Tentei No Mai likes this.
  3. Tentei No Mai Bitch Pudding!

    I like short stories and there's already variety in this thread, so slab some bread and peanut butter on me for I am mad jelly. Though...I always get nervous when I do anything literary-like, but I'll participate, too! I just need to think if I want to use one of my previous projects or go original.
  4. Archangel Sabre Well-Known Member

    The Ceasefire

    ==========

    It had been eight hours since the firing stopped, but on that night there was more tension in the air than any day of war I could remember. It was just us three: Commander Seraph, Combat Elementalist Alex Roe, and myself. In the pouring rain, our horses cut through the hills of Arbor Forest with ease, while the military machines of our mobilized infantry lagged far behind. We couldn’t afford to wait for them, and didn’t stop for rest until we reached the high ground, our destination less than a quarter-mile northward, downhill.

    It was an abandoned factory that went into disuse some decades ago, the forests long since reclaiming the land where roads once lay. The difficult terrain made it nearly impossible for more than a handful of vehicles to make it here, and those only at a high cost. When Riel propositioned a temporary ceasefire and a meeting, Commander Seraph made it clear he would meet no place but here. It astounded him when they accepted. The short notice and Riel’s lack of cavalry would make it nearly impossible for them to position an ambush. They were finally meeting us on our terms, or at least it seemed that way.

    The commander looked towards Roe and asked tersely, “You sense anything suspicious?”
    “Nothing in particular,” he responded, “but the storm and all the life in this forest makes it difficult to be certain. Three, maybe four people in the factory, no mobile armor, far as I can tell.”
    Seraph turned to me, “And you, Colonel?”
    “Same,” I answered, “a few people in there. No tanks, no artillery. This isn‘t an ambush.”
    “They’re desperate …” the commander muttered under his breath, worriedly.

    All that was left to do was wait and observe, which we did until our APC arrived from the rear. A single soldier came to greet us, the Vice Commander Abigail Grace, but there were no good words to give her.

    “Abigail,” the commander didn’t even look in her direction, “your assistance won’t be needed here tonight. Go back and regroup with the main forces. I will contact you by radio. If you don’t hear from me in one hour,” he looked her dead in the eyes, “hit them with everything we’ve got. Everything. Don’t spare even a single artillery shell. You have enough to force them off this island. And after you do, you run. If reinforcements are coming, they’re coming from the sea and are already on their way. You’ll have two weeks. Destroy what they have left and get the hell out of here. Use whatever fuel we have getting inland, then ride your horses until they collapse, then run until you collapse yourself. Do you understand me?”

    I still remember the look on her face. Pure terror. But she nodded, and quickly regained her composure.

    “Don’t worry,” the commander continued, “I said if you don’t hear from me. This is either going to be very good or very bad for us. Just don’t quite know which yet.”
    “I know what you mean, commander. We’ll be looking forward to your call.”

    They saluted, and she quickly rushed back to the APC. It was just us three again.

    Feeling compelled to inquire, I turned to Seraph, “What do you think our odds are tonight, really?”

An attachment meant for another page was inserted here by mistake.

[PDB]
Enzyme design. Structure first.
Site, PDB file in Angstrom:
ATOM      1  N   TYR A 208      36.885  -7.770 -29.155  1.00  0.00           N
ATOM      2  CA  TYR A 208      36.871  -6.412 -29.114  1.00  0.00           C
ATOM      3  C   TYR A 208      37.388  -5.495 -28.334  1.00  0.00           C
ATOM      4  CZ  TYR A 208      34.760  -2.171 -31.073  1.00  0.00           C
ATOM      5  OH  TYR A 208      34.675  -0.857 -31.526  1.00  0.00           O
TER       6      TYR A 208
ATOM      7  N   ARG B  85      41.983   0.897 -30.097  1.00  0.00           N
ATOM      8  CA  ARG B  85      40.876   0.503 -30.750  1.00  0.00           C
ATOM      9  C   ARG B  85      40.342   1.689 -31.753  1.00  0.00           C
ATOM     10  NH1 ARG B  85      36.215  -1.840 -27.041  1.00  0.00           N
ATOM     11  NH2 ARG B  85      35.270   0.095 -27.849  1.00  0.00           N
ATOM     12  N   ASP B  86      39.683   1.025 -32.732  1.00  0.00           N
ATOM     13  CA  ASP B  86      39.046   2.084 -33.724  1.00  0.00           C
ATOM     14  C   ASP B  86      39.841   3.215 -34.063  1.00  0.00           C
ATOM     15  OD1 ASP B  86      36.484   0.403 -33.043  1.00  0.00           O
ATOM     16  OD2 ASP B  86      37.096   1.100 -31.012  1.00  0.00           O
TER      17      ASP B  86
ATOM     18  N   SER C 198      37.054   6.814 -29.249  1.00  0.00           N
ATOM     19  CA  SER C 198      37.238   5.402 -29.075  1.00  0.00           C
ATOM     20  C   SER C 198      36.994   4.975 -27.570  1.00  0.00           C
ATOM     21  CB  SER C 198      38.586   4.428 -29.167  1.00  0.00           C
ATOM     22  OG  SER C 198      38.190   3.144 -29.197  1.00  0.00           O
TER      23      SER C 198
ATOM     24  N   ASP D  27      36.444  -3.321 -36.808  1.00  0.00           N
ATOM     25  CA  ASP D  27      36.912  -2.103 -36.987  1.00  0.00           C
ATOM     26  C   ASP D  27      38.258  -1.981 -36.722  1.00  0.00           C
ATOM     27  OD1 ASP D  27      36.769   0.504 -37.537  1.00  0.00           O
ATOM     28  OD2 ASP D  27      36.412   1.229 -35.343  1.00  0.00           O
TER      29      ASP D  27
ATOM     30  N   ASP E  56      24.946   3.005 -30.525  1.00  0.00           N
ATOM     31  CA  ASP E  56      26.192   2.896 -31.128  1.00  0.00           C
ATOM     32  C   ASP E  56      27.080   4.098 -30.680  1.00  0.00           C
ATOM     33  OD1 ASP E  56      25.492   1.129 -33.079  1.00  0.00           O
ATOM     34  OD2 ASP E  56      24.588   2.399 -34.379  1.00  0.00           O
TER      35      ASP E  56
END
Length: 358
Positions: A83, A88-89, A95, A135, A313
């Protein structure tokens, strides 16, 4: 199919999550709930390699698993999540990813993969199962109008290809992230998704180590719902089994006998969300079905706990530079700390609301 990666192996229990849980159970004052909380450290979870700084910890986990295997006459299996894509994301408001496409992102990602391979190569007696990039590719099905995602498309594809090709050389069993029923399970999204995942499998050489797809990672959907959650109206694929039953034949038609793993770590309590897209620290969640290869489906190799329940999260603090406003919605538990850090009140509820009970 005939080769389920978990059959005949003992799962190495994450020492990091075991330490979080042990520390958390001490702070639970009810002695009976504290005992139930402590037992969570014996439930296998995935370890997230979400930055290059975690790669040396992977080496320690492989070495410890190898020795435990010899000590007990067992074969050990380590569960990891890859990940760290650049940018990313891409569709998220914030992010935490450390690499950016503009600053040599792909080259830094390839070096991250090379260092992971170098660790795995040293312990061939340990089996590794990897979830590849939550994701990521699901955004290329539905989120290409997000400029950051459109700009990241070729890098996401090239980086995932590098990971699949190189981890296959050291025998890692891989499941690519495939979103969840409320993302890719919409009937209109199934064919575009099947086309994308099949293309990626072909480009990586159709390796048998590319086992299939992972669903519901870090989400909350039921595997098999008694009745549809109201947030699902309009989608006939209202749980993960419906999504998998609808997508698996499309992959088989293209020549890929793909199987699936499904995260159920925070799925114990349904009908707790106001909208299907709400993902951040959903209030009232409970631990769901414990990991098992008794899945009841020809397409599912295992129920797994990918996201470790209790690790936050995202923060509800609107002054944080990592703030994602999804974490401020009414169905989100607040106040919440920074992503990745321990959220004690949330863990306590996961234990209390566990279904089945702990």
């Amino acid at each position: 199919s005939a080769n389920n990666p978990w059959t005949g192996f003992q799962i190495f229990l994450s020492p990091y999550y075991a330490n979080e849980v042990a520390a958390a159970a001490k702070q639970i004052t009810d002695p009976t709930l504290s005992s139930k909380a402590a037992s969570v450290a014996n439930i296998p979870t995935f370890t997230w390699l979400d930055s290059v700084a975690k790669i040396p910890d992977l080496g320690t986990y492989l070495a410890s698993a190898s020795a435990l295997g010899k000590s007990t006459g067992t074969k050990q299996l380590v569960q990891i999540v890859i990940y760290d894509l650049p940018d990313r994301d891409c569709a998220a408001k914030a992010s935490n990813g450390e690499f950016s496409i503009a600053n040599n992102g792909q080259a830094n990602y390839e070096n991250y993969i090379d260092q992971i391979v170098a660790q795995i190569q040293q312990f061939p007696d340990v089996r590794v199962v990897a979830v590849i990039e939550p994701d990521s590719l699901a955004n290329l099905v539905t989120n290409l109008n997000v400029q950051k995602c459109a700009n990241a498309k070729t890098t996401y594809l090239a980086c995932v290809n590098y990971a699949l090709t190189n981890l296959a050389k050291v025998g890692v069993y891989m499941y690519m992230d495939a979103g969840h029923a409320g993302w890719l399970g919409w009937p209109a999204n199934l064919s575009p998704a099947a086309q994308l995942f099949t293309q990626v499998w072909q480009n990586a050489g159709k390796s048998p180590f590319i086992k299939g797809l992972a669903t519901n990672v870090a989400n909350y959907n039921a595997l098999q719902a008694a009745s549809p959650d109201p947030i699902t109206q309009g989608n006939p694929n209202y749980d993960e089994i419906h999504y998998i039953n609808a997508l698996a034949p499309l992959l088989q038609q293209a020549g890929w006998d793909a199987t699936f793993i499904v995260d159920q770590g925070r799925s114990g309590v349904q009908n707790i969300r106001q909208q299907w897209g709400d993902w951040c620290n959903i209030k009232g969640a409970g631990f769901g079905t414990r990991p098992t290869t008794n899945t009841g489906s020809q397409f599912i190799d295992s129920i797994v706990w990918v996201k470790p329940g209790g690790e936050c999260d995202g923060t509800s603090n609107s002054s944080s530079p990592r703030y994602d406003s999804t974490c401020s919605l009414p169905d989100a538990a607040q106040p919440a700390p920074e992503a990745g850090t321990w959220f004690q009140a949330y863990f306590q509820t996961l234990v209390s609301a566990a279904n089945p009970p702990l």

His gaze was steady towards the factory, “Truthfully, I’d rather not think about it.”

    * * *

    The trip down was short. Vines were covering the ragged exterior of the factory, a show of nature reclaiming what was once hers. We tied our horses out front, and made our way inside. It was a dark void. The factory was almost completely empty, but for plants breaking their way through the foundation. A single table lay in the center of the room, with a lamp sitting atop it. Three well-groomed soldiers were waiting for us, they stood to attention.

    “It’s a pleasure to finally meet you in person, Commander Seraph,” spoke the center soldier, a calm exterior hiding clear nervousness within.

    Seraph responded by pulling his gun out and laying it on the table with his hand around it, “Do I look like I’m here for pleasantries? Give me your agreement or get the hell out of here.”

    “Your reputation proceeds you, Mr. Seraph,” the one on the right, not wearing a military uniform, “you’re as brash as they make you out to be. It’s not too late to stand down. The emperor is prepared to offer you a fiefdom and a high ranking position in the Riel Army, for your full and unconditional surrender at this juncture.”
    His reply was swift, “You can tell Everett he can take that offer and piss on it. And if that’s all you came here to say you better start praying.”
    The center soldier was visibly flustered, “The alternative,” he threw down a stack of papers hastily, “a six month ceasefire. After which, I assure you, the empire will destroy this entire pathetic island, leaving not even a single one of your soldiers alive. Real battle, you wouldn’t last a month.”

    The commander looked over the paper, gun still in hand, and a grin crept from his mouth as his eyes met those of the soldier in front of him, “I would rather live as a god of this pathetic island for six months, and then die, then spend a long and full life as the lapdog of Emperor Everett the Second.”

    He scribbled his signature on the paper and threw it back, “You have twenty-four hours to get the fuck off my island. And I suggest you do it, or I assure you, not you nor a single one of your soldiers will ever live to see my death.”

    No more words were exchanged. The commander turned and walked away, leaving me and Alex to follow. There was still a lingering tension as we climbed back onto our horses and prepared to return to camp. But as we went on our way it slowly faded. After traveling some distance on guard, we could be almost certain there would be no ambush lying in wait.

    “Abigail,” Seraph spoke into his radio.
    “Sir?” her voice barely came through in the static.
    “Cancel last order. In theory, we have six months. But leave the tanks idling, least for tonight, just in case.”